I have been covering the arts in New Jersey for a long time, and yet I continue to be surprised and delighted by the number of new things I learn about our small but mighty state’s abundance of art-related offerings.
My new favorite discovery is the artist Jacob Landau and the exhibition “Jacob Landau: Exploring the Colors,” presented by the Monmouth University Center for the Arts and on view at the Guggenheim Memorial Library in Long Branch through April 18.
Jacob Landau? Maybe you’re searching your mind for a spark of recognition right now. “Should I know that name?” you may ask. And, although I was not familiar with Landau or his work before I began research for this feature, my answer now is an emphatic “Yes!”
A printmaker, painter, teacher and humanist, Landau was born in Philadelphia in 1917 and launched his career as an illustrator. He won national prizes by the age of 16 and received a scholarship to the Philadelphia College of Art (now University of the Arts).
Landau lived most of his adult life and raised his family in Roosevelt, New Jersey, where he became an active part of the town’s artistic community, along with noted artists like Ben Shahn.
Landau’s art has been exhibited in Europe, Mexico and South America, and in the United States, in more than 30 solo and 200 national and regional group shows. He was also a master teacher, who retired as professor emeritus from Pratt Institute in New York.
Scott Knauer, who is Director of Galleries and Collections at Monmouth University and responsible for curating exhibitions in two of the college galleries and overseeing its permanent art collection, answered a couple of questions for me about Monmouth University and Jacob Landau.
“Why Landau at Monmouth?” was my first question.
“The university has a long-standing relationship with Landau,” Knauer said. In 1996, Monmouth awarded Landau an honorary Doctor of Fine Arts degree. Then, in 2008, the university was gifted more than 300 prints, drawings and paintings from the Jacob Landau Institute, which was created after the artist’s death in 2001.
The Landau exhibition is an annual affair, Knauer told me, with an exhibition each April that celebrates a different aspect of the artist’s work. This year’s theme is “Exploring the Colors” and focuses on … Landau’s use of color.
Landau once said, “Color and drawing are the twin fundamentals of my style.” Knauer pointed out that the exhibition includes examples of various media, including chalk pastel, conté crayon, oil pastel, ink, charcoal, colored pencil, watercolor, gouache, woodblock and the pochoir technique, also called hand-coloring and defined as a highly refined method of making fine limited editions of stencil prints (thank you, Brittanica.com.)
The next stop on my learning journey was a conversation with David Herrstrom, President of the Jacob Landau Institute.
Herrstrom’s connection to Jacob Landau was quite direct. “I met him soon after coming to Roosevelt,” Herrstrom said. “His studio was in a geodesic dome in the woods near my house, and when I first encountered him in 1975 or 1976, he was working on a set of illustrations for Dante’s ‘Inferno’.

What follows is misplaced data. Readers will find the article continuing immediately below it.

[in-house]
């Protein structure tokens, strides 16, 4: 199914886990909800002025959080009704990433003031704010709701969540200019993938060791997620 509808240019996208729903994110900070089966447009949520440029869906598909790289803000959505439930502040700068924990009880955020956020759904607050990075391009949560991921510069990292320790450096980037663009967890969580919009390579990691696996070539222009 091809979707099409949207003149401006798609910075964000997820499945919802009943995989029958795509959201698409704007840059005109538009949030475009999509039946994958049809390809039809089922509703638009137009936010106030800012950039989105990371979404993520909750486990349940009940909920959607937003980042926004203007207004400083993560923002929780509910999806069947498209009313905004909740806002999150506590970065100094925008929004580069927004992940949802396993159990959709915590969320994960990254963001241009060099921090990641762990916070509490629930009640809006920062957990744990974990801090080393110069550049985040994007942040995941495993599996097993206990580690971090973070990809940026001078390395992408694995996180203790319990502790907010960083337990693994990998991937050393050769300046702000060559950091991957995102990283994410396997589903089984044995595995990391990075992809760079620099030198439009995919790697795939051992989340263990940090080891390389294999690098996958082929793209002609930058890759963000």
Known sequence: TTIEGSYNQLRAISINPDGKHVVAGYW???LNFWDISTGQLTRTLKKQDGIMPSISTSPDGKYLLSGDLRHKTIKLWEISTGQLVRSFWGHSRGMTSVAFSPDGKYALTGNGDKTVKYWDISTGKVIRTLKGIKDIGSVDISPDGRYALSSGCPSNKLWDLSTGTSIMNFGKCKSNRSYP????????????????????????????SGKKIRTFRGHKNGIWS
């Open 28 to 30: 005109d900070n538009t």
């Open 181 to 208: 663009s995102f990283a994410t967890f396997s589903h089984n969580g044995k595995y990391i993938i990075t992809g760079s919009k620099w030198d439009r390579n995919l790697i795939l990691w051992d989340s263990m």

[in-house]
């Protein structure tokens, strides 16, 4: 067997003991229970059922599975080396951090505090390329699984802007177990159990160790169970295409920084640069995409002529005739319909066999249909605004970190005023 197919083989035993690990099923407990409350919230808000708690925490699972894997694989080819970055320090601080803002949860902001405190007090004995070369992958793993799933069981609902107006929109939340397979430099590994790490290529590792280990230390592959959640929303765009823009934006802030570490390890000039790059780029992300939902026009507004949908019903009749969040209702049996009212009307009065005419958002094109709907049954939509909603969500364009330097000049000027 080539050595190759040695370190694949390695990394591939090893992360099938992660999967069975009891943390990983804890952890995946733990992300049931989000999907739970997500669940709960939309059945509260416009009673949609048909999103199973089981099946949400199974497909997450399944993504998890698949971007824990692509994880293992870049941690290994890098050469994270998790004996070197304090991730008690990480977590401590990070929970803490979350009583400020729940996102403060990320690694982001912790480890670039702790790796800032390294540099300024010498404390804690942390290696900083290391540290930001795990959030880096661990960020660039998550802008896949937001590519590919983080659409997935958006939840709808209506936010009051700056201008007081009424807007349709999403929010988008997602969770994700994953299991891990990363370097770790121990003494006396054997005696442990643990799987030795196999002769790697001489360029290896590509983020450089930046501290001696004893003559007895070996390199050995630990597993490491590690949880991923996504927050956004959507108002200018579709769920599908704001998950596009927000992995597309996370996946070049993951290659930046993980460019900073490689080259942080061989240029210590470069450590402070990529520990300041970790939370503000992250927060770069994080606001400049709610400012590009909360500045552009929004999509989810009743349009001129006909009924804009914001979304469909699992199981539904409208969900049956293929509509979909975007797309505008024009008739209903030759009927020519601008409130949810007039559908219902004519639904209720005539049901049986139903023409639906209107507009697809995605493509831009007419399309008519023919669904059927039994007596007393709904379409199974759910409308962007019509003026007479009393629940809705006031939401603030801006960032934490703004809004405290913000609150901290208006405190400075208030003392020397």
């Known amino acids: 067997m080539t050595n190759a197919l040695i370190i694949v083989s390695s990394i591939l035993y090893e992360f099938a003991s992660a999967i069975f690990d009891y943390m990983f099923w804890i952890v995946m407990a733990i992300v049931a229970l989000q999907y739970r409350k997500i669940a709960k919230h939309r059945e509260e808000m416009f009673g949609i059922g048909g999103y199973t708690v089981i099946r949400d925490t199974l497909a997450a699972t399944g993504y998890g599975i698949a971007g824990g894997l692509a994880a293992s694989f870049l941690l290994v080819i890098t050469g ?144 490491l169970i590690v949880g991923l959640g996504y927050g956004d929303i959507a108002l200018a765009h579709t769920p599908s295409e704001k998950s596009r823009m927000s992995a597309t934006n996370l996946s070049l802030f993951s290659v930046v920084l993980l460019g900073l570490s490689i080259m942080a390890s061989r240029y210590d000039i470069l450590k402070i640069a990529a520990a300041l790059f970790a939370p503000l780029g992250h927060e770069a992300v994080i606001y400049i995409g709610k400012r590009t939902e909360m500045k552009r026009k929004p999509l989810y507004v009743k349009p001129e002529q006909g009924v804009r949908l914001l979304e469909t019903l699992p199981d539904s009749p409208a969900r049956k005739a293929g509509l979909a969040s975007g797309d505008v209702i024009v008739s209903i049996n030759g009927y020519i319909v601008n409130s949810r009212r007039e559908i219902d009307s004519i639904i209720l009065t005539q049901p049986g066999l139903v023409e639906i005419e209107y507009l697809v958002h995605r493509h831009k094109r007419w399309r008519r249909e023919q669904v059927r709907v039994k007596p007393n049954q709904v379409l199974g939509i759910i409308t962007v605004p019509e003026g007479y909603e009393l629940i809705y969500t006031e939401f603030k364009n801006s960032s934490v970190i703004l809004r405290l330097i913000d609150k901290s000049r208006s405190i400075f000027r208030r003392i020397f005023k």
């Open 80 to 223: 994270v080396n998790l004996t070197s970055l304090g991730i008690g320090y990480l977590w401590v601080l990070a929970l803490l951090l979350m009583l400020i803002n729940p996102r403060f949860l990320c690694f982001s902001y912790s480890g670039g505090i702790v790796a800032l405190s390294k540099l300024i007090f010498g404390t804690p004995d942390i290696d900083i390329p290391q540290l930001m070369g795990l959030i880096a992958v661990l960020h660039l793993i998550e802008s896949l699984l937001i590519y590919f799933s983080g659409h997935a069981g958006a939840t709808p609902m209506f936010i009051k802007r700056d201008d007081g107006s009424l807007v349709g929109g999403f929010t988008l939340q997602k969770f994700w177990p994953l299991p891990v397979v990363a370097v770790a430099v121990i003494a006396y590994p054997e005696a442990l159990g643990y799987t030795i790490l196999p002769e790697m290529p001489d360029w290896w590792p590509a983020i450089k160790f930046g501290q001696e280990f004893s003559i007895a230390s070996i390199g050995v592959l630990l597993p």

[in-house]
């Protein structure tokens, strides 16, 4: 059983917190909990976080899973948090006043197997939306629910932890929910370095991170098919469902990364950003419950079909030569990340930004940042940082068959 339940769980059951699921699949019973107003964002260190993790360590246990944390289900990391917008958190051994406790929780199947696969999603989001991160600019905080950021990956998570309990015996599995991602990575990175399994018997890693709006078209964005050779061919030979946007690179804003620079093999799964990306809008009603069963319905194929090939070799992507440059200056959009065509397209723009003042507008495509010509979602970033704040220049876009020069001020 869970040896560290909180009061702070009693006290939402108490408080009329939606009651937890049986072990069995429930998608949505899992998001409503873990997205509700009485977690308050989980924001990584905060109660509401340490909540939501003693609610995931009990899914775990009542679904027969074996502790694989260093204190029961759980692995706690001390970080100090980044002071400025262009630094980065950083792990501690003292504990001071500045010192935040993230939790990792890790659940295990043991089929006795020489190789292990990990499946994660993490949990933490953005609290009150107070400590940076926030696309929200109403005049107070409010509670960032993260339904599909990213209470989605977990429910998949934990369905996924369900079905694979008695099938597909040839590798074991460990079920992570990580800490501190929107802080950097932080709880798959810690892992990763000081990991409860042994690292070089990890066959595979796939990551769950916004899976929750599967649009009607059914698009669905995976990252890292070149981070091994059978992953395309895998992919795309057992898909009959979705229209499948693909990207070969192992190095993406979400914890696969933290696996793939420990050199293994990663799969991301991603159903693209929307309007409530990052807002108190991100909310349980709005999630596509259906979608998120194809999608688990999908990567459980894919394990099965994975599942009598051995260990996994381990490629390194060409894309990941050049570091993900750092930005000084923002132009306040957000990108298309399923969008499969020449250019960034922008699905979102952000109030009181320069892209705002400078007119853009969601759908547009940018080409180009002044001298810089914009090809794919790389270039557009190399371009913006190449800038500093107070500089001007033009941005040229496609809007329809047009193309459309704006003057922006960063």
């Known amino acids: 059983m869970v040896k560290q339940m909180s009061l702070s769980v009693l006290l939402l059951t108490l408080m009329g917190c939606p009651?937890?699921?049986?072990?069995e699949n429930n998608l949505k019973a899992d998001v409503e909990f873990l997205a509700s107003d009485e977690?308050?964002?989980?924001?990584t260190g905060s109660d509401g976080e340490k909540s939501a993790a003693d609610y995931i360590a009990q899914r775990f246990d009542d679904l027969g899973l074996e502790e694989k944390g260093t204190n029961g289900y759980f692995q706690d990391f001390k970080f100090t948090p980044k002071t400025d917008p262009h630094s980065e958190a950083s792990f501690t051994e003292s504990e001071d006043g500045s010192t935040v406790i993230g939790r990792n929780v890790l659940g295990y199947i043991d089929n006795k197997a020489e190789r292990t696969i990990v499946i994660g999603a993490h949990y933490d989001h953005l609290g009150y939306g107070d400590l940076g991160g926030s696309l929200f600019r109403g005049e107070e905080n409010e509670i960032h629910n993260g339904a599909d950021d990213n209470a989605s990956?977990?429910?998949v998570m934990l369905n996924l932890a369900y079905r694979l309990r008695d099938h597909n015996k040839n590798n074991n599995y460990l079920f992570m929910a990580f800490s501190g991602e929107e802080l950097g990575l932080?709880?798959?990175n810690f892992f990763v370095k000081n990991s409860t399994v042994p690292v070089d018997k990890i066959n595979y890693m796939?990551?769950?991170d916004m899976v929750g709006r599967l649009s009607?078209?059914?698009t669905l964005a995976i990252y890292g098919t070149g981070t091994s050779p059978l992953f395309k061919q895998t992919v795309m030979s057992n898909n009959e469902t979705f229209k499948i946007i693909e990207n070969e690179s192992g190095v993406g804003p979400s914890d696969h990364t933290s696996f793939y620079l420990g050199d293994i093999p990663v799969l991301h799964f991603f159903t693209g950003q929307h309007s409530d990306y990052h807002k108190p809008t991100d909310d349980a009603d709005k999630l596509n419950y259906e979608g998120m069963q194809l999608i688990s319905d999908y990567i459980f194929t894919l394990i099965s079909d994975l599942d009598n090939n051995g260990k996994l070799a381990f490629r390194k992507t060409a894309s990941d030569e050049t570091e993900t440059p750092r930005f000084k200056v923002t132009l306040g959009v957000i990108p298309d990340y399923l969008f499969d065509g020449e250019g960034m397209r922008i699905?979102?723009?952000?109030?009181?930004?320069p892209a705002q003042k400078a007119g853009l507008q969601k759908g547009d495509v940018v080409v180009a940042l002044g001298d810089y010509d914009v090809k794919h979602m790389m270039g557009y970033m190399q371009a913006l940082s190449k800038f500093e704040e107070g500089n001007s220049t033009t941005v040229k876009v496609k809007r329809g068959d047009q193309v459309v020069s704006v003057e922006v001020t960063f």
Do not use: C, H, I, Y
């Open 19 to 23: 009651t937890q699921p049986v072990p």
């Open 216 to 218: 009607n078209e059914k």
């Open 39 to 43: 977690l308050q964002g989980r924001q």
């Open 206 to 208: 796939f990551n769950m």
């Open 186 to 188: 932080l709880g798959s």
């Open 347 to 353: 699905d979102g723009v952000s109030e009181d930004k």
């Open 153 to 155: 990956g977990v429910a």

“So many things about him were unique,” Herrstrom continued, “I was immediately drawn to him.
“First thing, his god was Beethoven. He had his music playing all the time and it absolutely reverberated inside the dome.”
Something else that Herrstrom noticed was that Landau’s studio space was filled with all types of books.
“He had an omniscient curiosity,” Herrstrom said. “There was almost nothing he wasn’t interested in. And he approached his art with the same level of inquisitiveness.
“Another thing that characterized Landau and his work was his commitment to the human figure, and this was at a time when America seemed completely bowled over by Abstract Impressionism.”
Herrstrom laughed, “It was him and a few other brave souls.”
This mindset was a two-way street.
“Landau was rooted and connected in his humanism,” Herrstrom said, “and that informed his art. He insisted that his life and his art had to be inseparable, believing that art is a way to see the whole world.”
Perhaps the most arresting example of this is a series of 10 large (5’ by 20’) stained glass windows titled “The Prophetic Quest” and installed in the Reform Congregation Keneseth Israel in Elkins Park, Pennsylvania.
“The theme was the quest for justice,” Herrstrom said, “which is something that had strong personal significance for him.”
Although Landau was familiar with the subjects depicted in the works and, in Herrstrom’s words, “appreciated them from a literary point,” the artist still conducted extensive research, for more than a year, for the project.
“He had tremendous respect for Judaism, for the synagogue, for the space,” said Herrstrom, “and wanted to contribute toward social awareness with these works.”
And while the windows are nearly half a century old now, they seem remarkably fresh.
“There is a wide range of imagery, which plays off of tradition,” said Herrstrom, “and a blaze of colors. They are very exciting.”
Landau relied heavily on the basics – color and drawing – throughout his life, but never stopped trying new ideas.
“There were many phases,” Herrstrom said. “For example, a major change came when he discovered he was allergic to oil paint and switched to watercolor. It’s important to remember, too, that, throughout his career, Landau was a masterful illustrator and continued to be in high demand.”
He even did some work with comic books, a stylistic variation that can be seen in some of Landau’s later works.
“He was always experimental,” Herrstrom continued.
At the heart of it all, though, Landau wanted his art to mean something. As vibrant and striking as his works might be, the artist believed that their purpose was greater than to simply be ornamental or decorative.
“It was never meant to lull or amuse,” Herrstrom said. “His art was intended to alter consciousness.”